The Broken Pot

The night before I left town, I needed to clean my house. I hate returning to a mess because it doesn’t feel restful, and the last thing I want when I get home is to feel like I have chores to do. 

Luckily, my house is fairly-tiny, and doesn’t take long to clean. I started with bathroom and then the kitchen, finishing with the floors. Everything was complete when I vacuumed my tiny living room. Except I quickly dusted my piano, realizing it was overdue, and repositioned the plants upon it.  

Satisfied with my clean home, I took a break to eat snacks before my next chore: packing. Both of my cats were downstairs with me. Sterling, a big, fat, fluffy cat laid next to the front door, which I had opened to bring in fresh air. A thin, transparent, gold curtain in the doorway kept the bugs out. My older, dominant cat, Shadow, sauntered past me towards the door. Like an arrogant king, he paused to look down at Sterling, who did not make eye contact.

Shadow sat just beyond the gold, transparent curtain and faced himself directly at Sterling. Only the thin veil separated the two, extra-large males. I barely noticed Shadow’s confrontational posture until Sterling was growling. He carried on for a few moments before I looked up from my phone and asked “what’s going on here?” 

As soon as I spoke, Sterling moved quickly and low to the ground. He stopped at the door behind me, which led to his cozy, safe space. He pawed at the door, trying to pry it open. 

I crouched next to him, inadvertently blocking him into a corner. “It’s ok,” I said. “You don’t have to leave. I’m not angry.” I pet him, but did not open the door. 

He breathed quickly, his agitation intensifying. He cowered beneath my touch. “Hey, it’s ok,” I placed my hand on his belly and gave him a rub. His eyes widened, his pupils dilated. “What’s up with you?” 

I heard the floor creak. I turned, surprised to see Shadow right behind me. I reacted with a slight jolt. Sterling clamored to his feet, scratching at the floor with his claws. He bolted to the piano as fast as his fat body could take him. He leapt with fear, not looking where he was going, and found himself face-to-face with one of the potted plants.

I watched as his claw caught the lip of the saucer beneath the pot. “Oh Shit!” I exclaimed as Sterling fell backwards and the pot banged deep bass notes, echoing my expletive, before crashing to the ground, breaking and flinging dirt across the floor.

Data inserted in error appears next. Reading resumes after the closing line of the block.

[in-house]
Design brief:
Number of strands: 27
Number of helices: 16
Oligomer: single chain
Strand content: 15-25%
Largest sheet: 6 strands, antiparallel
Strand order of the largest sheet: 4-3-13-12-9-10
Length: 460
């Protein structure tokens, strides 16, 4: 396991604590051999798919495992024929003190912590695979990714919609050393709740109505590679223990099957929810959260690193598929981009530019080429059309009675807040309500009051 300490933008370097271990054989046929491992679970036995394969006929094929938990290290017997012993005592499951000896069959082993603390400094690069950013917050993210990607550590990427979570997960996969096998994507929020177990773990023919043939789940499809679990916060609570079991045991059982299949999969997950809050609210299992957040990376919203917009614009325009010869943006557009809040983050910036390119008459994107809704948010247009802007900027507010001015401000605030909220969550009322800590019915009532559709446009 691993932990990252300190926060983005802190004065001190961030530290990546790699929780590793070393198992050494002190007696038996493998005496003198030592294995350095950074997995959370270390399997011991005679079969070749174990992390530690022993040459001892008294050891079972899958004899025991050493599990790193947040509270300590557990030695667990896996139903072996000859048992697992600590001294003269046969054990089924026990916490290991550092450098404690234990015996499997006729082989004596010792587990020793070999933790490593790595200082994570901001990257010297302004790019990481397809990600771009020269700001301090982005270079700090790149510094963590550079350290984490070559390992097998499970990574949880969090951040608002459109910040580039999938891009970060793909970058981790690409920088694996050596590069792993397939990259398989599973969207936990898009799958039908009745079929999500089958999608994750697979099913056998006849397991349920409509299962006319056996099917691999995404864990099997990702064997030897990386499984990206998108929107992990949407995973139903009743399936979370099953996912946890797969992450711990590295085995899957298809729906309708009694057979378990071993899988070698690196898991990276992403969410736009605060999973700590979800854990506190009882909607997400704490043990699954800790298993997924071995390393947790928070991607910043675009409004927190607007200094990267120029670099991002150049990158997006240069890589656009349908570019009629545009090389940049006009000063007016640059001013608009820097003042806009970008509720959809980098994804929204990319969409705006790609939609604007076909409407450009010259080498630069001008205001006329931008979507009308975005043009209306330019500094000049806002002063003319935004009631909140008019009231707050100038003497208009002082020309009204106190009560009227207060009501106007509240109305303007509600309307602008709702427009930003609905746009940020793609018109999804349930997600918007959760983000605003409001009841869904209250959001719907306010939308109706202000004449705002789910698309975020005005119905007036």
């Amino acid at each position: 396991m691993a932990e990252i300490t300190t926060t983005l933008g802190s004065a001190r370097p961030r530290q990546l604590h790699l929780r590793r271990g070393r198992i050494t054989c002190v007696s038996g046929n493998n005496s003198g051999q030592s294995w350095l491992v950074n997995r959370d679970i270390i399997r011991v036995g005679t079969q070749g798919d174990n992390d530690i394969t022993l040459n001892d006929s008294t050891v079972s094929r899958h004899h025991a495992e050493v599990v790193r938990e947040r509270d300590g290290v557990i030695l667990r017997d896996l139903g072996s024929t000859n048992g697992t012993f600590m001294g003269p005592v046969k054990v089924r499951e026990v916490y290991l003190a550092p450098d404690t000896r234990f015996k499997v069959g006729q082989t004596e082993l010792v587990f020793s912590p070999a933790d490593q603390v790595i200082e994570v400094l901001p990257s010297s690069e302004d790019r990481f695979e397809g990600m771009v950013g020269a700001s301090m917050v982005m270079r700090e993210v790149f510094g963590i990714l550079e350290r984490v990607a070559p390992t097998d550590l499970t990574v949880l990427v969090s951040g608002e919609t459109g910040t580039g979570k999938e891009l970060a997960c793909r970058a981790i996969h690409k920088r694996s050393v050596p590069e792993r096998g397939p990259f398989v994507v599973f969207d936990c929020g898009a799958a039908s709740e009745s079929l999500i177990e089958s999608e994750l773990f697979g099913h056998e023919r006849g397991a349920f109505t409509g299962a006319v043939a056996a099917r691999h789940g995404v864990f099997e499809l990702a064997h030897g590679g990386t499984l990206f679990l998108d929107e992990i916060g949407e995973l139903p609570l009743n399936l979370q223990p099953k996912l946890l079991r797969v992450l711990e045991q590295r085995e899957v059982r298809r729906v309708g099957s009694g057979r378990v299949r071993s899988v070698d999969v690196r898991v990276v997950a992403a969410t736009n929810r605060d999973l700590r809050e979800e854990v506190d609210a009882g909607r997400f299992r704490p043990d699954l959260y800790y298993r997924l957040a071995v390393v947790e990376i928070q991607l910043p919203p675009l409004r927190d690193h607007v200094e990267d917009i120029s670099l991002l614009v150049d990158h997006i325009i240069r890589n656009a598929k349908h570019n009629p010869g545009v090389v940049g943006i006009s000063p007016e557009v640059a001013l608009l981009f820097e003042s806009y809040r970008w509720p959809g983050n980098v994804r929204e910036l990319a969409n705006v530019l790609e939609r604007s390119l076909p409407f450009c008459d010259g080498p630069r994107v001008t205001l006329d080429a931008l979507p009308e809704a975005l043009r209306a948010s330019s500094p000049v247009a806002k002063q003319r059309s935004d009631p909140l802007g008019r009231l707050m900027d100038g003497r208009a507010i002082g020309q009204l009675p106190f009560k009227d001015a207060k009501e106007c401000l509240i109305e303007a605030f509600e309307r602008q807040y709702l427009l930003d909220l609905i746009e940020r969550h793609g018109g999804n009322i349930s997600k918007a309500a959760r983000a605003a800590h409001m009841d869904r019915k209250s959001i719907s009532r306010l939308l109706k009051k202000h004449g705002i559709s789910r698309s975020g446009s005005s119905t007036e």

For a split second, looking at the broken pot and the brand-new mess, I had to make a choice. 

I chose to be OK with what just happened. I chose to accept it, even though I had just finished cleaning the house and still had to pack and get organized; even though it didn’t feel OK, I chose to accept it with an understanding that it was OK.

I looked at the broken pot and the dirt on the floor. I looked at the little pile of dirt on the piano keys, the shards of pottery on top of the mound. I looked at the rug I inherited from my Grandmother, scrunched up where Sterling launched off it. In a way, the scene was aesthetically pleasing. Everything was beautifully chaotic, organically placed; it was an artistic expression of gravity and physics that no human could possibly recreate.

I kneeled beside the plant and stroked its narrow leaves — for at least a year it needed repotting, it had grown large and looked cramped. There also hadn’t been enough soil in the pot, but the plant was healthy and so the task never made it onto my to-do list. “Now’s your time,” I said. 

I picked up the plant and the shards of pottery; I shook out the rug and cleaned off the piano. I moved with acceptance — maybe even contentment — and did not feel one twinge of irritation, resentment or anger.

With the plant repotted and the room clean again, I sat back and considered my reaction. Not too long ago, I may have cursed the sky for giving me wacko cats and grumbled as I fixed everything. Where did this deep sense of equanimity come from?

It could only be my yoga practice. I began yoga teacher training at the beginning of the year and have been learning the principles, philosophy and energetics of yoga. According to yoga, personality is a process, and we can evolve to a higher ideal. Left to itself, the mind repeats in cycles, yet with the power of our will we can retrain the mind and reshape ourselves. In this instance, I was not the woman who would curse the sky and get red in the face; I was the woman who picked up the pieces with a calm, knowing smile.

I recalled my teacher, Kelly Golden’s words at the end of every class, “the real practice of yoga begins when you step off the mat and into the world.”

Yoga teaches that discernment is the pinnacle of our spiritual practice. Everyday we make choices and the true practice of yoga helps us choose what is highest and best. In this instance, my practice allowed me to choose acceptance and peace.